Soviet Government Charged in London with Using Jews As Scapegoats
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Soviet Government Charged in London with Using Jews As Scapegoats

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Condemning the Government of the Soviet Union for pursuing a policy which use a the Jews as a scapegoat, Sir Barnett Janner, president of the Board of Deputies of British Jews, appealed to the USSR today to mitigate the severe sentences recently meted out against Russian Jews accused of “economic crimes, and to conduct a campaign of “enlightenment against anti-Semitism” in the USSR.

Sir Barnett made his statement in addressing a meeting of the Board of Deputies. He pointed out that, in the last year, 28 of the 46 death sentences passed in the USSR against persons convicted of “economic and currency” offenses had been decreed against Jews, Declaring that “in no other country would such savage penalties be imposed for such crimes in peacetime, ” he stated:

“This figure represents an inexplicably high proportion of the total, even after making full allowance for the fact that Jews are largely city dwellers.” Additionally, he noted, “the accounts of the court hearings, often conducted as show trials, reveal a distinct, anti-Jewish bias.”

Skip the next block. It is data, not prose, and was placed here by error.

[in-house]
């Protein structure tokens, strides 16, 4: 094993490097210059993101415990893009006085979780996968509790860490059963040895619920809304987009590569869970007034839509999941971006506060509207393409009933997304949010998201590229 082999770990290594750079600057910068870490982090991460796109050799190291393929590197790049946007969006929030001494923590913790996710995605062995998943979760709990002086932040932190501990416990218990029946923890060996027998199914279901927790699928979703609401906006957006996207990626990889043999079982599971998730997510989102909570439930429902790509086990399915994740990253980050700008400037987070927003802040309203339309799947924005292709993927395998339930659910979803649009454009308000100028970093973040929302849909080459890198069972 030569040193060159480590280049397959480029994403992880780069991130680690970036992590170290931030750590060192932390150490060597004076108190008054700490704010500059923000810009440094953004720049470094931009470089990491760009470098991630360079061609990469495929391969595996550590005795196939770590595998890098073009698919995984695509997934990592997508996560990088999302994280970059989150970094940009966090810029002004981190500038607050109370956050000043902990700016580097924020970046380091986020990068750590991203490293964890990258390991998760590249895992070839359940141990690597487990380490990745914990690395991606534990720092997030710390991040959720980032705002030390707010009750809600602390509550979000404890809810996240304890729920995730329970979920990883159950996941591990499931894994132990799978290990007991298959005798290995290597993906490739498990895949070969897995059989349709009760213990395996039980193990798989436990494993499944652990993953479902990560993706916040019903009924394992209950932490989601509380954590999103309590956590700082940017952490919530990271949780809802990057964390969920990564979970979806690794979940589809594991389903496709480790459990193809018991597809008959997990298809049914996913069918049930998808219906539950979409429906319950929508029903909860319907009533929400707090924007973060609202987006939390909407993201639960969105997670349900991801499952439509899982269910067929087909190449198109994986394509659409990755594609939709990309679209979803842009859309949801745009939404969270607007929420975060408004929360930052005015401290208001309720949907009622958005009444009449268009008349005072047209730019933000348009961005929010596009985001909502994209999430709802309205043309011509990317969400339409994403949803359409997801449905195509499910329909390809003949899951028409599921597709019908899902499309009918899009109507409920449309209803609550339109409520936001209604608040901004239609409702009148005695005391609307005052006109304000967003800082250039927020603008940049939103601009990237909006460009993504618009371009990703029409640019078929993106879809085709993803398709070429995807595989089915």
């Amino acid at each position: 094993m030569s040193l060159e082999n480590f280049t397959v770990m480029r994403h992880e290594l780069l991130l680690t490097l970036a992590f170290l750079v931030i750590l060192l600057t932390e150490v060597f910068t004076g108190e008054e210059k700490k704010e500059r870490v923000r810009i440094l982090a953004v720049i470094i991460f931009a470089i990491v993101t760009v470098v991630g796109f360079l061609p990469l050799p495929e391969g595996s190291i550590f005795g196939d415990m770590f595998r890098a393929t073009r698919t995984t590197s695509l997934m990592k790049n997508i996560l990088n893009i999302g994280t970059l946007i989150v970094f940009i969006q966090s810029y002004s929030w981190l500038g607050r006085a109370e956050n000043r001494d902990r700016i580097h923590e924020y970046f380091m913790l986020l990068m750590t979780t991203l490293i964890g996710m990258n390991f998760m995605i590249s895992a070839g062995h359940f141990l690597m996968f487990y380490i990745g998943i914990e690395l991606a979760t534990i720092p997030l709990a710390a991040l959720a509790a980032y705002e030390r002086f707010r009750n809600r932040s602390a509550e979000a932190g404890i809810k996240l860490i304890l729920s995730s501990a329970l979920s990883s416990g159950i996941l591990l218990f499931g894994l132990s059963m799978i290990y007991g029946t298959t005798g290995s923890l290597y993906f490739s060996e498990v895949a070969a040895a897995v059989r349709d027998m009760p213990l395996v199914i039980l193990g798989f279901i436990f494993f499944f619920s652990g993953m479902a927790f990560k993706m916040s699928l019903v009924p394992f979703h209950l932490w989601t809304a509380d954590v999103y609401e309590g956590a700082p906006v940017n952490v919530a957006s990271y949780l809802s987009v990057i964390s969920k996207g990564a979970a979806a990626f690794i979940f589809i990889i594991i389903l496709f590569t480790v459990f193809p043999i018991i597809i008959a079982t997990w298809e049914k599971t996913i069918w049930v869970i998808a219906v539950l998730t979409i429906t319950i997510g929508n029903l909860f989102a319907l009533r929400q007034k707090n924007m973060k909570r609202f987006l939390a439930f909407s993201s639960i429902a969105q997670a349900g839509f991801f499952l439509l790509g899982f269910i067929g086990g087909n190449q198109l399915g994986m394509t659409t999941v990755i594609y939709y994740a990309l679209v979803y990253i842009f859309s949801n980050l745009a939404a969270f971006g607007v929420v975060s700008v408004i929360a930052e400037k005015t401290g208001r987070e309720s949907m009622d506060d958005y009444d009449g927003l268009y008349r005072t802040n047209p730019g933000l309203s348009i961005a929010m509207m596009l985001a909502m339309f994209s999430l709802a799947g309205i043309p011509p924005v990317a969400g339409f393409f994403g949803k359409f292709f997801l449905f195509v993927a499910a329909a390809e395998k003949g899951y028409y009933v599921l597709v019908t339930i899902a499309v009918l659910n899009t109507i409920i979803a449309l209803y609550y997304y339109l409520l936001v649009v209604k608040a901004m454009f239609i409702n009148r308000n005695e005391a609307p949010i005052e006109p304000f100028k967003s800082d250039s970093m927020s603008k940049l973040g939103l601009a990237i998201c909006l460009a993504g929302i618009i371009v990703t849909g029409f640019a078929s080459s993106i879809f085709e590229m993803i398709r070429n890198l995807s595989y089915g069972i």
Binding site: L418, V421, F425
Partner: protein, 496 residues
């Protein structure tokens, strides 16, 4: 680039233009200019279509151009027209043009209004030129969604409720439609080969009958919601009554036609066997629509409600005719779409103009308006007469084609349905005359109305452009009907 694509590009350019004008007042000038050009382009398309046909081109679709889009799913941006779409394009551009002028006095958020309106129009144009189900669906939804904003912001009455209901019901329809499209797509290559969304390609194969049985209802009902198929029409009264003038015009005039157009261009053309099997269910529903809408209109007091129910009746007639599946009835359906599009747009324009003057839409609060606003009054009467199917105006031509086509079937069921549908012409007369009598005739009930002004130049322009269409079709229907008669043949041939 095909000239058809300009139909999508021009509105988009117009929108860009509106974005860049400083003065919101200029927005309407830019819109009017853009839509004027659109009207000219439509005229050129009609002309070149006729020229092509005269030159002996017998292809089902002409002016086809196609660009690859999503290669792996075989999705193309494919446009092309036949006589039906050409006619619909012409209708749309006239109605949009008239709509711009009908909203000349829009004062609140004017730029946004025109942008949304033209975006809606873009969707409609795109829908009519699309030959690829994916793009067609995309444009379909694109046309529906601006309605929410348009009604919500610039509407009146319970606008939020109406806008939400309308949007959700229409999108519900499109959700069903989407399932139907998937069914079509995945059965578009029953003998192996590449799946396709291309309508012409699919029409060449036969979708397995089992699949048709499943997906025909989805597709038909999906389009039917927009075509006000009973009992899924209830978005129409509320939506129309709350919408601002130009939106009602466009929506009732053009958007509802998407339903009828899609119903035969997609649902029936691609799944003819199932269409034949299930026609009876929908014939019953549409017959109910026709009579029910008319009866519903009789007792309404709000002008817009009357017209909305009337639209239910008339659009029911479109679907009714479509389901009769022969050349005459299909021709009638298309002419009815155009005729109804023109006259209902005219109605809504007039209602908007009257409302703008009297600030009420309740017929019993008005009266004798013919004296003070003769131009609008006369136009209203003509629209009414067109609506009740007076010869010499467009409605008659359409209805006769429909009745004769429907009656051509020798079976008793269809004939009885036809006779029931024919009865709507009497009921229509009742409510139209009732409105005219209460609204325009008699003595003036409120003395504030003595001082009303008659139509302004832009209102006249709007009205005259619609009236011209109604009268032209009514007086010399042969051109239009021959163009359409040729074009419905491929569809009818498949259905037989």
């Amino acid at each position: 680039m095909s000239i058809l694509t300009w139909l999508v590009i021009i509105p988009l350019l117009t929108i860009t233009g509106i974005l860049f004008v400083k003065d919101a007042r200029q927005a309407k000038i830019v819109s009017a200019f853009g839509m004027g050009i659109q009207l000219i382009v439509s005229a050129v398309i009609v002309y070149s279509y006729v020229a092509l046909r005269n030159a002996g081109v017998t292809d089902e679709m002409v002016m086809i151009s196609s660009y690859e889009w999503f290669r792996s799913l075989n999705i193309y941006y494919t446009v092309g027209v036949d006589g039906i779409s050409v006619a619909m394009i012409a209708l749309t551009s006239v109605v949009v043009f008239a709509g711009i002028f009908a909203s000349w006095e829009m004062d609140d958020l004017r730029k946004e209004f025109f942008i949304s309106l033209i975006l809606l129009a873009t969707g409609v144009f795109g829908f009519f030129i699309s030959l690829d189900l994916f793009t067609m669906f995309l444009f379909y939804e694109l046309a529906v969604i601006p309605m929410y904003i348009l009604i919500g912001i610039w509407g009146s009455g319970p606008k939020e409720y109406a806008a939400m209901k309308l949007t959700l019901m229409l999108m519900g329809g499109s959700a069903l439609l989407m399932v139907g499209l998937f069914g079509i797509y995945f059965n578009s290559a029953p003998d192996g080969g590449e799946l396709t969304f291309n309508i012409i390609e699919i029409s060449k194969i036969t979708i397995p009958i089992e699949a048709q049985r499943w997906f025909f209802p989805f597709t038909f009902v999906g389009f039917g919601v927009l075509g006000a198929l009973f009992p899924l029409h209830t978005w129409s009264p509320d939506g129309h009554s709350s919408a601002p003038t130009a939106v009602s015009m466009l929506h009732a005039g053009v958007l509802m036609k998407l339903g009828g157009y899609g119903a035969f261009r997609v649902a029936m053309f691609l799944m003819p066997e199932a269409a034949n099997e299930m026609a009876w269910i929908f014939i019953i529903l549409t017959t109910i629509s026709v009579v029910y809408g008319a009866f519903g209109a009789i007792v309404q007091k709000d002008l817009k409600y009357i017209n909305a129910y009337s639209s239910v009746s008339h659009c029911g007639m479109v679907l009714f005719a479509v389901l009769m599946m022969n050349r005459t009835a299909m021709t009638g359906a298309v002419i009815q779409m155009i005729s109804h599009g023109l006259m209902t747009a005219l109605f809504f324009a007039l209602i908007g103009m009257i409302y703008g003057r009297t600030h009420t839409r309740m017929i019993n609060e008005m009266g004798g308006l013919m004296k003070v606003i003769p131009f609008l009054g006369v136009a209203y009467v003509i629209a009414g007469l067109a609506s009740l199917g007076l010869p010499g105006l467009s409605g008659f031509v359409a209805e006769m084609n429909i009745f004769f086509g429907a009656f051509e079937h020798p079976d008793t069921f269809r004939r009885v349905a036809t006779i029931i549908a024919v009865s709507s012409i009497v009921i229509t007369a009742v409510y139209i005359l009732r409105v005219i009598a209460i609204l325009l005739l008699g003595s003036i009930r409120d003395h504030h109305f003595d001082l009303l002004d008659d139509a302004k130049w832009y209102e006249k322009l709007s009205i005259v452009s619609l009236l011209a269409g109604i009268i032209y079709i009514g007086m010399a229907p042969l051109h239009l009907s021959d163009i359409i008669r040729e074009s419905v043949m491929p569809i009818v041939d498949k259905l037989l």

“Taken in conjunction with other anti-Jewish manifestations,” Sir Barnett declared, “such as the outrages on synagogues in remote districts and, above all, the continued refusal of the Soviet authorities to grant the Jewish community reasonable facilities to pursue its cultural and religious life as a recognized nationality in the USSR, there is a growing conviction that the traditional line of finding in the Jew a scapegoat for economic and other ills is being pursued in the USSR.”

Pointing out that Jews in many countries have, from time to time, protested against these death sentences and their execution, the British Jewish leader continued: “We again appeal with all earnestness to the Soviet authorities to mitigate the severity of these sentences, having regard to the offenses for which they were inflicted; to conduct a campaign of enlightenment against anti-Semitism; and, in other ways, to allay the apprehensions which are widely felt regarding the position of the Jewish community in the USSR.”

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